Wow. Who sprinkled an extra helping of bitch on Dennis Persica’s cornflakes today?(scroll down)
And on another subject — Matthew Felling’s mention of CNN’s “Inside Politics” devoting five to 10 minutes each day to “the bloggers.” One wonders how CNN will treat it when the blogs are afire over a story that fails to pass the reporting standards of the network and may ultimately turn out to be false (like the Kerry intern-romance story or the Bush debate-bulge one). Yes, bloggers deserve credit for ferreting out the truth about both Rathergate and Gannongate. But lots of times they get things wrong. What protections has CNN put in place to make sure that the things the bloggers are in the process of getting wrong don’t wind up being disseminated through the public consciousness because CNN has decided to give bloggers five or 10 minutes of fame in every “Inside Politics” broadcast?
CNN recently did the right thing by saying it would look for alternatives to the shoutfest talk shows that tend to throw off more heat than light. What will they do as they enter the — oh God, I really hate this word — blogosphere, where a certain woman Democrat is often referred to as a “pig in a pants suit” and where a certain Republican administration has been called “Nazi,” “Stalinist,” etc.?
And while they’re in the process of looking at what the bloggers are up to these days, why doesn’t CNN take the next step in news transparency? Why don’t they just list on the air all of the tips their political reporters have gotten in the last 24 hours by phone, email or face-to-fact conversation? No need to do any reporting to see if these tips are correct. Just get ’em out there. Isn’t that pretty much the way the — pause, gulp — blogosphere does things?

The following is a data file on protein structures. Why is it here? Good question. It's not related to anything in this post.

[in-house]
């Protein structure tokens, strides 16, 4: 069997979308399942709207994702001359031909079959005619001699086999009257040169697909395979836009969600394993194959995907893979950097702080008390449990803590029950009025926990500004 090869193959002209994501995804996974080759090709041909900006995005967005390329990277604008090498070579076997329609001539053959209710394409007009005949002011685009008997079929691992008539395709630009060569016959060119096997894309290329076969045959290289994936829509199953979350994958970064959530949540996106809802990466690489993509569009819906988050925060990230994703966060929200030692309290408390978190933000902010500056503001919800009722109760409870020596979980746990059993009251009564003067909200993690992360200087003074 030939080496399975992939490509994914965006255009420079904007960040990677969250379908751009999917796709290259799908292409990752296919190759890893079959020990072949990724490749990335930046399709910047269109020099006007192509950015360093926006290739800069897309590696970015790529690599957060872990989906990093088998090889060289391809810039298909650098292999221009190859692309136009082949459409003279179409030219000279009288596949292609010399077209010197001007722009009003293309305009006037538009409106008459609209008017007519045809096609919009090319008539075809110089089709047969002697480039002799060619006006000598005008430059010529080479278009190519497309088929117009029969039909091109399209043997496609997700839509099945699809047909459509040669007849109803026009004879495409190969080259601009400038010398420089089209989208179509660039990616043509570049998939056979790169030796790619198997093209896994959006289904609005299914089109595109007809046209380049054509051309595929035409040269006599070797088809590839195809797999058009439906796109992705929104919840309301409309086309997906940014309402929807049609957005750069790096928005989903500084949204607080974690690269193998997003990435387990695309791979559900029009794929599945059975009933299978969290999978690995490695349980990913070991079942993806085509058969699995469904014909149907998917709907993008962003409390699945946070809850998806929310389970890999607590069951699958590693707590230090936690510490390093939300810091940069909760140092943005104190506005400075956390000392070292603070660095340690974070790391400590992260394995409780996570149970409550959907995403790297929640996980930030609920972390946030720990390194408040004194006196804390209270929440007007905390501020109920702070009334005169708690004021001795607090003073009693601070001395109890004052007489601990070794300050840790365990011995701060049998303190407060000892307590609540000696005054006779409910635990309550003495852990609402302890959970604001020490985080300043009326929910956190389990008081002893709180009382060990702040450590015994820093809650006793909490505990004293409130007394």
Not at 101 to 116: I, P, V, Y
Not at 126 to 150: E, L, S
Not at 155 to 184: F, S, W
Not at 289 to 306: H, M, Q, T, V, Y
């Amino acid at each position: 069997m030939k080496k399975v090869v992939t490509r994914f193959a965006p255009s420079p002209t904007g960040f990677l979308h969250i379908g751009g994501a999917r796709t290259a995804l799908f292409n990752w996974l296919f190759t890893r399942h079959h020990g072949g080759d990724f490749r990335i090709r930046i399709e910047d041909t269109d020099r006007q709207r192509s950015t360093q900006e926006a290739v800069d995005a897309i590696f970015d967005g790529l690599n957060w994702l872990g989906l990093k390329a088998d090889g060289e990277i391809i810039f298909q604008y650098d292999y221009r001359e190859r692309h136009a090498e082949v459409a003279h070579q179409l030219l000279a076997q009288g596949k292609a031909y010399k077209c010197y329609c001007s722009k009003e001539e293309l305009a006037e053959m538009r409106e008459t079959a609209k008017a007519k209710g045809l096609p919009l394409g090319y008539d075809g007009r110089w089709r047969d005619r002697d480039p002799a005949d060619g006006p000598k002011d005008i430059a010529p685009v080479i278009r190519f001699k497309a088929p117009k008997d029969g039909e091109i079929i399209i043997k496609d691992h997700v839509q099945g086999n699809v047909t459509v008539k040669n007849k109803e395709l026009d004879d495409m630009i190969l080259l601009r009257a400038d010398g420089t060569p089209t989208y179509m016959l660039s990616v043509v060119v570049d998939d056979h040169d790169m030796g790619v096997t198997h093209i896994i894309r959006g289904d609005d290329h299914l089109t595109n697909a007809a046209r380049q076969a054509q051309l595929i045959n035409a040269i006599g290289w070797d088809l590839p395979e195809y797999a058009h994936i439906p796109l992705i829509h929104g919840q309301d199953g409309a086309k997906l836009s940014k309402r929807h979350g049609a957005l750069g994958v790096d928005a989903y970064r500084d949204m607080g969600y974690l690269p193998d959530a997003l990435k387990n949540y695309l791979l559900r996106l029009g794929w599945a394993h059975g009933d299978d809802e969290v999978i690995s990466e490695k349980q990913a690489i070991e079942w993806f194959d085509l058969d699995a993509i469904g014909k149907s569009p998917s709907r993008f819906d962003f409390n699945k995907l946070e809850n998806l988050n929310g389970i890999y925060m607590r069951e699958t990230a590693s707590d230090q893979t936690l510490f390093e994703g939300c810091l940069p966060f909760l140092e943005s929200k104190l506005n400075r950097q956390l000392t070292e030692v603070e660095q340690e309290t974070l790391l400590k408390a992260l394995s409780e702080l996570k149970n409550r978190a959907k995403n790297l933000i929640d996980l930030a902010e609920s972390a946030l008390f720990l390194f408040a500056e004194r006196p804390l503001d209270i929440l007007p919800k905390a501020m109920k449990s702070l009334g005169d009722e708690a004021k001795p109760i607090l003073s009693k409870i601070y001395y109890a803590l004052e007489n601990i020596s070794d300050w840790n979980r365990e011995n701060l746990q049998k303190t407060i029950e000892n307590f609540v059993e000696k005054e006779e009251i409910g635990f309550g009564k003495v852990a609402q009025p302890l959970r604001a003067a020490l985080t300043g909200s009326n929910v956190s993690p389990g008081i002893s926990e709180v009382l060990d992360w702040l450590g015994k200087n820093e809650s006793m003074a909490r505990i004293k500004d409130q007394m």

Well, Dennis my pet, as one trawls around the (pause, itch, look around to make sure everyone notices my revulsion and credits me with feeling it) “mediasphere” (how I HATE that word!) one notices there is no shortage of unsubstantiated nonsense spewed by people with tenuous connections to reality. It wasn’t blogs that pioneered the notion of referring to Hillary as “Hitlery.” It wasn’t blogs that suggested Bill Clinton was a rapist. And it wasn’t blogs that suggested on national television that memos of dubious authenticity proved a story we all knew was true anyway, no, that was a national news program. It was book after book, printed on old-fashioned paper, that suggested Iraq had weapons of mass destructions and liberals were on a level with terrorists, so seriously, maybe calm down about a dumb girl from a hick town who posts stuff on her web site, okay? No one medium has a monopoly on dumb these days.
I don’t know what it’s going to take for this blog-vs-journalism myth to be stomped into oblivion. John Aravosis over at Americablog kept his readers waiting for 24 hours while he verified all the Gannon information before putting it up on his site. Atrios recently kept an entire post on the blog with a strikethrough indicating that he’d been incorrect. Errors which are pointed out at most of the reputable places I frequent are always corrected as quickly as the author can be contacted and the correction verified.
Now, I’m still waiting for a similar correction of Judy Miller’s WMD/Chalabi reporting, but you don’t see me out there directionlessly bashing the entire (scratch, yawn, let out loud yawp of frustration, swig red wine and pet very squirrelly ferret running around living room) “mediasphere” (have I mentioned what a superior creature I am for loathing that word?) because of one extreme example, do you?